Lucifer: Review: Series 1

lucifer series 1Lucifer Morningstar, the Fallen Angel, the Lord of Hell, the… nightclub owner in Los Angeles?

Based – quite loosely – on the Vertigo comic by Mike Carey (taking the version of the character created by Neil Gaiman for the Sandman comics), this fun offering from Fox started off looking as if it was going to be a riff on the Castle idea – unorthodox partnership between cop and member of the public who’s got certain talents (in this case, drawing out people’s deepest desires) – before heading down a far more genre route. By the end, the cop element had become decidedly secondary to the battle of wits between Lucifer and his brother angel, and the various entities caught between them, both human and otherwise.

Tom Ellis impresses from the start as Lucifer, able to turn on the charm when required, but credible as the punishment-doler, while Lauren German, as his police partner Chloe Decker, has managed to avoid the pitfalls of the “Scully” character, constantly faced with evidence of the supernatural but refusing to accept it. Whether she really believes Lucifer is who he says he is is still open to question, but she comes to treat him as a friend and is clearly feeling betrayed when she feels he doesn’t have her back. The supporting characters – Lesley-Ann Brandt’s Mazikeen; Kevin Alejandro’s Detective Douche; and Rachel Harris’ Dr Martin – have each had enough attention paid to them to make them intriguing, and I hope that we get more time spent with each next time around. The only element that hasn’t really worked for me is Kevin Rankin’s Malcolm Graham, who has felt as if he’s the only character in a comicbook world, over the top too often not to be noticeable by those around him. His comeuppance (or rather godownance) is hopefully final.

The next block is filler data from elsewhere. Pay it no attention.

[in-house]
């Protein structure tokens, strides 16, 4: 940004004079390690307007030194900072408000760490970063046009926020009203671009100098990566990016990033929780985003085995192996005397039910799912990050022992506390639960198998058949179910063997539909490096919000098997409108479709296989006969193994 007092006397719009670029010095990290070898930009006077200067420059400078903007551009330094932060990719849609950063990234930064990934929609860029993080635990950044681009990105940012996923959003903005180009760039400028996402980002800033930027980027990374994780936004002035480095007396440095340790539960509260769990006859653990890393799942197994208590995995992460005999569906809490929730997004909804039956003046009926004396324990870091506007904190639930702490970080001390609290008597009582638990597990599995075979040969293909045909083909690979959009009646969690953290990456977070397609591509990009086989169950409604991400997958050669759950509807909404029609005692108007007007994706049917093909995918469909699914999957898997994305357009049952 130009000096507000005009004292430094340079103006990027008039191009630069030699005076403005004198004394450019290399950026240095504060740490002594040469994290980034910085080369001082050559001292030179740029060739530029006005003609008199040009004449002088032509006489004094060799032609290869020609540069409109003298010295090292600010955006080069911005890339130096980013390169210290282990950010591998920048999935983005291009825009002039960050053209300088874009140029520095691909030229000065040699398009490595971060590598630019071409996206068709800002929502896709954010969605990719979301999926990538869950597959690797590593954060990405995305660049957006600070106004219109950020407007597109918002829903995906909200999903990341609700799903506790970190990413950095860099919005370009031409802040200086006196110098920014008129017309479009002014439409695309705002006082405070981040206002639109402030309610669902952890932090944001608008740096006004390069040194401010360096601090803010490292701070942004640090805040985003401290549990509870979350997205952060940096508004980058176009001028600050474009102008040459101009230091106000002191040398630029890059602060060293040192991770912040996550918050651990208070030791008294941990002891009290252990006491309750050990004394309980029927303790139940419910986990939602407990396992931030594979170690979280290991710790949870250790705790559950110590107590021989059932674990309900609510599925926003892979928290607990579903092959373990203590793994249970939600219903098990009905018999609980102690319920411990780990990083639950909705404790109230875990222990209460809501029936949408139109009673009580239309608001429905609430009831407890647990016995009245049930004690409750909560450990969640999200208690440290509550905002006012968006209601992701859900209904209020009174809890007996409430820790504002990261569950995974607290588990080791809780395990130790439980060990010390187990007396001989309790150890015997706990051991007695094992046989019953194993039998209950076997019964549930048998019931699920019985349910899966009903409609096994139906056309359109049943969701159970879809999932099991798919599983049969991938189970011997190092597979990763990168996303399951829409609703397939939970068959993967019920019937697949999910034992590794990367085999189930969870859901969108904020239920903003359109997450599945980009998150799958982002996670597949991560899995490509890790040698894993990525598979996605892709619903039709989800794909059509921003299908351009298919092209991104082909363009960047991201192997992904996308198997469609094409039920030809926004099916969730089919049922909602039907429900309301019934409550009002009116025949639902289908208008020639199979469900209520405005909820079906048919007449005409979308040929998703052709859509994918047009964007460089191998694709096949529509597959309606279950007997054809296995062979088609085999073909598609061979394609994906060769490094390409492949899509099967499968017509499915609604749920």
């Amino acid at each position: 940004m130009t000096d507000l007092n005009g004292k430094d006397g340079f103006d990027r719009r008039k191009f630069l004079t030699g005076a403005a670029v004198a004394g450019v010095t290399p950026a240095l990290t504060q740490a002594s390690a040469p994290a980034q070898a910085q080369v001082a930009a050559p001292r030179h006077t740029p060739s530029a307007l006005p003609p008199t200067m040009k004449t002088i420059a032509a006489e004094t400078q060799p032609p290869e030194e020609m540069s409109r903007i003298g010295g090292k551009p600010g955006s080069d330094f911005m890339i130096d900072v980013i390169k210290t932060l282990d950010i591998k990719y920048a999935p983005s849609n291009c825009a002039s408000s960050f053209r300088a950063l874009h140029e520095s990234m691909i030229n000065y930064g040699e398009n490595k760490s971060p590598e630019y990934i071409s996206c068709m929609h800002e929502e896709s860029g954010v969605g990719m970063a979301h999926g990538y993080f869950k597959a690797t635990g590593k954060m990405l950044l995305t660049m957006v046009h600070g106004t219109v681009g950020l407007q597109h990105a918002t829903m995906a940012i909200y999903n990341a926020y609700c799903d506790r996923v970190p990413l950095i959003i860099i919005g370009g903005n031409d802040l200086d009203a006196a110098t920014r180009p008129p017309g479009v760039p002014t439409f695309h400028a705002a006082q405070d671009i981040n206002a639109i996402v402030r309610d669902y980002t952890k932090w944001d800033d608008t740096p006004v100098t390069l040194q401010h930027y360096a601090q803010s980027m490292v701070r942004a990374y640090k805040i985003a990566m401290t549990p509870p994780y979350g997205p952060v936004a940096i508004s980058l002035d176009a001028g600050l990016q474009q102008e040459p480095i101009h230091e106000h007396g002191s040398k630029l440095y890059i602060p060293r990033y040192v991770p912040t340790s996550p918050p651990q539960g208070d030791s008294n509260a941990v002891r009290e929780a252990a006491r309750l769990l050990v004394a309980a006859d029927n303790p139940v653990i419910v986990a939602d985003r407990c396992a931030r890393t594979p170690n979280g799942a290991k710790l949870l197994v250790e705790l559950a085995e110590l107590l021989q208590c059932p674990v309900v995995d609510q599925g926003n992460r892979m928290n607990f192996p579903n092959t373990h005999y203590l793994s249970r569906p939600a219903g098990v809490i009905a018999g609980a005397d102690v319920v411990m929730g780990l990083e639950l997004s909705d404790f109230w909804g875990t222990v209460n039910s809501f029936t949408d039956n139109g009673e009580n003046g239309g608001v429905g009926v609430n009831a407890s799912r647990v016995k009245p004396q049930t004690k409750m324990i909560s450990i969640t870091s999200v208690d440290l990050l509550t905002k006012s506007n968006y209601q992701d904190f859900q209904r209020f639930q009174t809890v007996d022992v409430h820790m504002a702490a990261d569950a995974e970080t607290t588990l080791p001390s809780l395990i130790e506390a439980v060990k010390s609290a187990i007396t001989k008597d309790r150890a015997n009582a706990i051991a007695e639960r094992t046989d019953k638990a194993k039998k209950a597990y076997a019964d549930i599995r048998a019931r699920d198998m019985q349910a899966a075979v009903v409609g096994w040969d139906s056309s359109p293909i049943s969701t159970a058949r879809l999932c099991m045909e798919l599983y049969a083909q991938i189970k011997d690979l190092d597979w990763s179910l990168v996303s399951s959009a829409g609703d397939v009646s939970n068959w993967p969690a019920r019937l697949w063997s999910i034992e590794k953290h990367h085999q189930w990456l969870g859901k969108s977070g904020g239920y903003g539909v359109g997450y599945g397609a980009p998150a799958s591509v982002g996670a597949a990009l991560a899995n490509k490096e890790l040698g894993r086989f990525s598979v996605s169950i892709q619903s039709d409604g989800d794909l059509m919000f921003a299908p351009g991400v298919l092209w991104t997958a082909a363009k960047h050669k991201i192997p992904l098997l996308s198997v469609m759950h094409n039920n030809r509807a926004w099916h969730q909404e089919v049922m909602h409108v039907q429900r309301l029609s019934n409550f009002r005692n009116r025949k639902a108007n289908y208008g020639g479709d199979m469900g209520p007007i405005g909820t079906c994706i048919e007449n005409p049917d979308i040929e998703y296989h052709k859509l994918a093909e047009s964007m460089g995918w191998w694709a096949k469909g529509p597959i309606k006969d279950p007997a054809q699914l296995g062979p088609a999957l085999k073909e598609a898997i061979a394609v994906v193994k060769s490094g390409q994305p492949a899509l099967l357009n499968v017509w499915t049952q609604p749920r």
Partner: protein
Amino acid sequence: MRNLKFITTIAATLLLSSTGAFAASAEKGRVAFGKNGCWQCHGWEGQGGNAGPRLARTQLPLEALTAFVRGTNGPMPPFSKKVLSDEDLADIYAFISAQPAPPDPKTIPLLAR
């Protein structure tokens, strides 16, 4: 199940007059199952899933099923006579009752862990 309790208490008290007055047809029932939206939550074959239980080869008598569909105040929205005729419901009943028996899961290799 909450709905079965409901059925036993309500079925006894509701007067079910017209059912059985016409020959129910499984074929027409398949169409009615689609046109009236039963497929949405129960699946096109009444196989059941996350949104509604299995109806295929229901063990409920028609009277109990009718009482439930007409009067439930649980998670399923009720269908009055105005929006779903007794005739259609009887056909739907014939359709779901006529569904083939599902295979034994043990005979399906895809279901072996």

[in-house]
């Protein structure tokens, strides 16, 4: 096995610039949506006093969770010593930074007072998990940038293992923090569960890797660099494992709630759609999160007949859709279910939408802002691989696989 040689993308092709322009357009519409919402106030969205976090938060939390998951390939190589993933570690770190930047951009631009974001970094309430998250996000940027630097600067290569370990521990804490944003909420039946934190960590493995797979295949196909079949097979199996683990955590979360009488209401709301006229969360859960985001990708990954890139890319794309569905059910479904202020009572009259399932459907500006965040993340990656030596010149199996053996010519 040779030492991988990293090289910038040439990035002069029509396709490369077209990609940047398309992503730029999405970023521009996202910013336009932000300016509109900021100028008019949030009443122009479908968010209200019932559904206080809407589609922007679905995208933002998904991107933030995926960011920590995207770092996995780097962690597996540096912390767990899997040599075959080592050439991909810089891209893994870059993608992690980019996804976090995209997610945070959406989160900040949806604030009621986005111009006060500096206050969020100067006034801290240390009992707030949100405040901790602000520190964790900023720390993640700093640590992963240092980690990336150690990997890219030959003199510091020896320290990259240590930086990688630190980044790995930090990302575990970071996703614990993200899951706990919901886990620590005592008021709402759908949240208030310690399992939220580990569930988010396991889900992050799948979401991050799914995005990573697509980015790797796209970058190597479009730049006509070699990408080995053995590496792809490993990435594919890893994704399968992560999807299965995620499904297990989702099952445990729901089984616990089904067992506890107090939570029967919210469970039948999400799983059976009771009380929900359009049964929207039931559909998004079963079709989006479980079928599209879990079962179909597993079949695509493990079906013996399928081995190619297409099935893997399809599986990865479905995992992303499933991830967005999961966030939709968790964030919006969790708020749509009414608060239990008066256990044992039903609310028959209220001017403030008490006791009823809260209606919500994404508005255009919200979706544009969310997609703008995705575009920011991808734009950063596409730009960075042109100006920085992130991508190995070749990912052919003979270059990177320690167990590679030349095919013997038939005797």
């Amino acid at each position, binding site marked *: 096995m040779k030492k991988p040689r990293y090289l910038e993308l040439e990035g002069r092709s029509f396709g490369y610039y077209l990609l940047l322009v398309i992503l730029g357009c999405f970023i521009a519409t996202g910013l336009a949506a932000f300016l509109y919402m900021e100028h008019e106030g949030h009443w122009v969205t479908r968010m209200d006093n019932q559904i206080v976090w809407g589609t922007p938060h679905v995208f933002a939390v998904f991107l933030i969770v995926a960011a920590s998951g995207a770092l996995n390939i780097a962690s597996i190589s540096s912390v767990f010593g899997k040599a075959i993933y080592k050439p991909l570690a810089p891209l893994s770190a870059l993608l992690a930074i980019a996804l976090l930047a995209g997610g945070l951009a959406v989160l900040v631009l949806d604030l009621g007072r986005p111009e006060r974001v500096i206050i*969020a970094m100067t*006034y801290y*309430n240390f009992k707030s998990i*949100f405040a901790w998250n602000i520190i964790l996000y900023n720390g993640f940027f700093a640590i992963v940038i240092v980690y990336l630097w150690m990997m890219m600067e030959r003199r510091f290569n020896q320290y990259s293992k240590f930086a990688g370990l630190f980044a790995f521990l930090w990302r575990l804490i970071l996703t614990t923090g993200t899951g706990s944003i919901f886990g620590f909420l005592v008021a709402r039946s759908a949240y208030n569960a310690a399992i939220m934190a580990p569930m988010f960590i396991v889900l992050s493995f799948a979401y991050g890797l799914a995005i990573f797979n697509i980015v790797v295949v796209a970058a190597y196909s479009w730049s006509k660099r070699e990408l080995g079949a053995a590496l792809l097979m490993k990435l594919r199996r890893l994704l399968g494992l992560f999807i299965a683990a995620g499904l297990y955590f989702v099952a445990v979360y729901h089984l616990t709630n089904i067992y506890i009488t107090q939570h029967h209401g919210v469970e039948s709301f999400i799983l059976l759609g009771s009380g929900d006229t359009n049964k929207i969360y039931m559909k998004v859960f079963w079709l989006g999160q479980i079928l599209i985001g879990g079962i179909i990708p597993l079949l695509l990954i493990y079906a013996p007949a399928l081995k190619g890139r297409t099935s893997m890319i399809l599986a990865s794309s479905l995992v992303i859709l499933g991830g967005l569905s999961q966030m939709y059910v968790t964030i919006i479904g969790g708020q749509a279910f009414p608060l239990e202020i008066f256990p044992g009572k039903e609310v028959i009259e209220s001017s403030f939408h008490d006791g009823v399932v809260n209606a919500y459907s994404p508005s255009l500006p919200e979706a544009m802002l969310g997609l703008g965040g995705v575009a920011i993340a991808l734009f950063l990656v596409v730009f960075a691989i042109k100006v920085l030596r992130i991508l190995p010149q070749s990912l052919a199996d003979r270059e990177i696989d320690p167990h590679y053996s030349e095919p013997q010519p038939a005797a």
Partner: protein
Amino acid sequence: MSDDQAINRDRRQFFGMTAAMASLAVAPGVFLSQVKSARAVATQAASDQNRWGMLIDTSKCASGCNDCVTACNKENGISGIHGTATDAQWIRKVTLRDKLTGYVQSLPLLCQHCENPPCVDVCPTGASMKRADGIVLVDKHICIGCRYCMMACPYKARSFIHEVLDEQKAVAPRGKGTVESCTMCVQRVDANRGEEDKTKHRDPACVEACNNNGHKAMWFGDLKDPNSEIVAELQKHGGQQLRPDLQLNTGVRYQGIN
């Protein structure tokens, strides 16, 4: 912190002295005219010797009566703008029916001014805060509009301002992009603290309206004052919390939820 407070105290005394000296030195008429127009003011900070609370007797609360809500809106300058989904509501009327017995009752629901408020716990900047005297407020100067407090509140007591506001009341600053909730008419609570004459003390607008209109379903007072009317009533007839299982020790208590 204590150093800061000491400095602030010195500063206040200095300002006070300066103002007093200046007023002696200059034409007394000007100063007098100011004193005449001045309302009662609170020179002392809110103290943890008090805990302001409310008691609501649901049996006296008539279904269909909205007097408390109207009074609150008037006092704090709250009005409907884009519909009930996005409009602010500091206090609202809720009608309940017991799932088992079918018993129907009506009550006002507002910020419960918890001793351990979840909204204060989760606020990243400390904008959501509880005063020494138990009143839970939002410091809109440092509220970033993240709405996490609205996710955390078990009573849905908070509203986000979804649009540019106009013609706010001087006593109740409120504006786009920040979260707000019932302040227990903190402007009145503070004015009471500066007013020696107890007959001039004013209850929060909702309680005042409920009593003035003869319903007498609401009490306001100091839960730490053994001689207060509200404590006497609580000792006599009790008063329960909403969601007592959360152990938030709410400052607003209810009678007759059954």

The season arc has seen Lucifer become more human (or mortal) – at least when he’s in the presence of Chloe – while his brother angel, Amenadiel, (DB Woodside) has become progressively less angelic (and thus human) as he’s spent more time in the mortal world. The show’s not hidden from its religious imagery – Lucifer talks to “Dad” on more than one occasion, and gets at least one reply; his wings are a key plot point throughout the season – and we even get a trip to Hell in the closing episode, all of which has served to set Lucifer apart from other fare out there.

Verdict: Never less than entertaining, this has been an unexpected pleasure, and I’m delighted it’s back next year. 8/10

Paul Simpson

 

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